|Is Microsoft Losing it's Grip?|
Slip sliding away...
| 1:56 am on Mar 23, 2012 (gmt 0)|
If you think I have any agenda against MS you would be wrong. Been using and developing with MS products almost exclusively since my first TRS-80 Model I and on CP/M 80 simply because they were hands down the best. If my boss wanted me to be productive and wanted his software development to work first time, we used MS compilers and OS, simple as that.
These days I can just as easily get non-MS products that work just as well, sometimes even better, and more often than not for FREE!
So why pay?
I could shell out thousands a year for all the MS compilers, MSDN, etc. or use free languages like PHP and get PHP.NET for free. Likewise with C. C++, Perl, Ruby on Rails, Java, so on and so forth. Not only that, for 99.9999% of the population, the freely available productivity tools like Open Office are more than sufficient for those small letters and spreadsheets people crank out daily, plus the presentations. Sure if you're writing large tech manuals, novels or doing real powerhouse spreadsheets you might need MS Office which handles large volumes better because it's designed for power users, but most aren't power users and will never touch even the fringe of MS Office capabilities.
TBH, the only reason I still use Windows on the desktop is because it comes pre-installed and it's a no-fuss no-brainer appliance, turn it on, works first time. If it came with Ubuntu and was still a turnkey system, I'd probably not bother switching to Windows unless I had a killer show-stopper application that my job required and I couldn't work without using Windows. That last scenario used to be the case, today, not so much and my computer existence is increasingly becoming less dependent on MS daily.
If I tried hard, I could probably dump all my MS products tomorrow and barely notice the difference.
For instance, when I got my current computer it's the first time in forever I didn't renew my MS Office subscription, and have been using Open Office for the last 3+ years and really don't notice much difference. Haven't used MSIE in ages except to play a few games on Pogo which just seem to run better in MSIE, but I could run them in Chrome or FF if I must.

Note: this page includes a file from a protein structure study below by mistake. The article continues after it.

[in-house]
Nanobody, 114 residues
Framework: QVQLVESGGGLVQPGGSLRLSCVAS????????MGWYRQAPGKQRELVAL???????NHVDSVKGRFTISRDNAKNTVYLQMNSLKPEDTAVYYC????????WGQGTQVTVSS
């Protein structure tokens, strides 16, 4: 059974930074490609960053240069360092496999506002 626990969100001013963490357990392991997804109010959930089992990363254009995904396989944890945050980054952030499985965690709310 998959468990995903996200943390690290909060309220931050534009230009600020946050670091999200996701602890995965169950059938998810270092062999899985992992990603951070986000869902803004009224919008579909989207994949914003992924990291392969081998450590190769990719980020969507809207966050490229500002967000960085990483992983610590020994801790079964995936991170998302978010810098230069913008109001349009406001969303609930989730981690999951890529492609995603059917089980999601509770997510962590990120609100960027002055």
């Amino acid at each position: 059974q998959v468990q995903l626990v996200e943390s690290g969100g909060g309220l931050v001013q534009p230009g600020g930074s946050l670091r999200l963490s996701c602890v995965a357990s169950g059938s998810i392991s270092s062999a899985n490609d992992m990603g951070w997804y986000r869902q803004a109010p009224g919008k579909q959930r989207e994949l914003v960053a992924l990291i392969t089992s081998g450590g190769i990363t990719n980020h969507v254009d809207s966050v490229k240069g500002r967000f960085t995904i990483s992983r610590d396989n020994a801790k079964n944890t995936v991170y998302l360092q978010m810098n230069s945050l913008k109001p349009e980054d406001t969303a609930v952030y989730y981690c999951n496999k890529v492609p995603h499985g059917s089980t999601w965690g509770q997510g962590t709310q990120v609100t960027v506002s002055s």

The cold hard sad fact for MS is that many applications have been transitioning to the web, becoming SaaS type of online programs. These web based applications require a seriously fast browser, more secure, more stable, more standard compliant, and MSIE isn't the answer. With the web now hosting the software instead of the desktop and the browser basically being the OS of the web, the browser may ultimately replace the OS as we now know it. Google is poised to take the ball and run with it with Chrome OS while MS is still trying to figure out how it lost the smart phone market.
Truthfully, at this point, Windows Media Player might be the only thing I'd really miss if I were to go 100% MS free.
What say you?
| 2:05 am on Mar 23, 2012 (gmt 0)|
I can run a dozen apps and leave them open for days or even weeks -- all I need to do to lockup my computer is leave MS-Word or MS-Access open for a couple hours. There is something inherent in MS software that sucks brains out of computers, (probably old built-on-top-of-MS-DOS memory leaks).
Even if the browser does (more) become the desktop, people still need an OS to load drivers, fire up apps, and get the browser something to run on. Until another "plug n' play" OS for the non-techie types arrives, MS will still have hundreds of millions of installations -- Chrome or no Chrome.
| 2:17 am on Mar 23, 2012 (gmt 0)|
How much money do these free applications make for their providers then?
"Free" there is a whole world of meaning in that word, free as in no monetary reward, no dividends for shareholders, venture capitalists,
A major corporate like MS needs to turnover Billions just to make a profit, another whole world away from the absolute amounts of money made by most of the new web companies, with a couple of notable exceptions
| 2:18 am on Mar 23, 2012 (gmt 0)|
|Until another "plug n' play" OS for the non-techie types arrives, MS will still have hundreds of millions of installations -- Chrome or no Chrome. |
It's called Mac OS X that some obscure company called Apple, now the largest on the planet, already has done, based on that nerdy BSD.
Ubuntu is a close second, it could easily be another contender.
FWIW, anyone with a DVR such as Tivo is using Linux and don't know it, probably are with most other DVRs as well.
| 2:24 am on Mar 23, 2012 (gmt 0)|
FWIW I have always loathed Windows Media Player more than any other MS application.
And non-techies generally hate change - most started out on Windows XP and would probably be much happier if no visual changes (as opposed to additions) were ever made.
| 3:13 am on Mar 23, 2012 (gmt 0)|
Bill, I've tried (a lot) to replace MS Office with OpenOffice. I can't do it. It still doesn't do Excel as good as Excel does.
That's probably the last thing that's really keeping me around, except for lack of motivation to change.
I would probably run OS X if it didn't require an expensive hardware dongle from the fruit company. I like the OS but dislike their hardware. I still enjoy building my own boxes. I triple boot FreeBSD and Haiku (which I love) now but find myself booting into Windows just by habit.